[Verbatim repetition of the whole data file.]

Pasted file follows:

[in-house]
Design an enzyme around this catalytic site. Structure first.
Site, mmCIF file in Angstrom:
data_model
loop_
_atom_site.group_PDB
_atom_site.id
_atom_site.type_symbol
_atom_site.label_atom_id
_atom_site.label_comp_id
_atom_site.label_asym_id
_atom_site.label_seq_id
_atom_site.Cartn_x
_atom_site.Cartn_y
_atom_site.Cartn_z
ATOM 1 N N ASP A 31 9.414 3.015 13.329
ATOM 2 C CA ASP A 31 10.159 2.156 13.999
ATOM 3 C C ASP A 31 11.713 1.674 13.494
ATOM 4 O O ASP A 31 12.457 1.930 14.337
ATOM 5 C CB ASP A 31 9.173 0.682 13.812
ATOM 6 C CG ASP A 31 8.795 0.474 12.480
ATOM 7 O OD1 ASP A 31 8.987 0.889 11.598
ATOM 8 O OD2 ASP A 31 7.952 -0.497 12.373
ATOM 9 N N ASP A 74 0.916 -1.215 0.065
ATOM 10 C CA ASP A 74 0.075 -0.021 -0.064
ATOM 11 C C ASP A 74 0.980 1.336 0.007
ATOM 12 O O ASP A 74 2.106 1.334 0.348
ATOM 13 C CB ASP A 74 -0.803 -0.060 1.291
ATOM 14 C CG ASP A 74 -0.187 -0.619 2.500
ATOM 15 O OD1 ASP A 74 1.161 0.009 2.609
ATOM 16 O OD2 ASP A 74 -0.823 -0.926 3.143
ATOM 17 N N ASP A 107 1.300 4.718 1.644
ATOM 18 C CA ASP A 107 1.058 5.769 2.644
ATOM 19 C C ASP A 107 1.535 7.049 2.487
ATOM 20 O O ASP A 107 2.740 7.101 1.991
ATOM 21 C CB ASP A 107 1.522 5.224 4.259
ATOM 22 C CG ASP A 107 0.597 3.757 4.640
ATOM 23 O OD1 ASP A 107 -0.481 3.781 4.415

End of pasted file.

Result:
[in-house]
Design an enzyme around this catalytic site. Structure first.
Site, mmCIF file in Angstrom:
data_model
loop_
_atom_site.group_PDB
_atom_site.id
_atom_site.type_symbol
_atom_site.label_atom_id
_atom_site.label_comp_id
_atom_site.label_asym_id
_atom_site.label_seq_id
_atom_site.Cartn_x
_atom_site.Cartn_y
_atom_site.Cartn_z
ATOM 1 N N ASP A 31 9.414 3.015 13.329
ATOM 2 C CA ASP A 31 10.159 2.156 13.999
ATOM 3 C C ASP A 31 11.713 1.674 13.494
ATOM 4 O O ASP A 31 12.457 1.930 14.337
ATOM 5 C CB ASP A 31 9.173 0.682 13.812
ATOM 6 C CG ASP A 31 8.795 0.474 12.480
ATOM 7 O OD1 ASP A 31 8.987 0.889 11.598
ATOM 8 O OD2 ASP A 31 7.952 -0.497 12.373
ATOM 9 N N ASP A 74 0.916 -1.215 0.065
ATOM 10 C CA ASP A 74 0.075 -0.021 -0.064
ATOM 11 C C ASP A 74 0.980 1.336 0.007
ATOM 12 O O ASP A 74 2.106 1.334 0.348
ATOM 13 C CB ASP A 74 -0.803 -0.060 1.291
ATOM 14 C CG ASP A 74 -0.187 -0.619 2.500
ATOM 15 O OD1 ASP A 74 1.161 0.009 2.609
ATOM 16 O OD2 ASP A 74 -0.823 -0.926 3.143
ATOM 17 N N ASP A 107 1.300 4.718 1.644
ATOM 18 C CA ASP A 107 1.058 5.769 2.644
ATOM 19 C C ASP A 107 1.535 7.049 2.487
ATOM 20 O O ASP A 107 2.740 7.101 1.991
ATOM 21 C CB ASP A 107 1.522 5.224 4.259
ATOM 22 C CG ASP A 107 0.597 3.757 4.640
ATOM 23 O OD1 ASP A 107 -0.481 3.781 4.415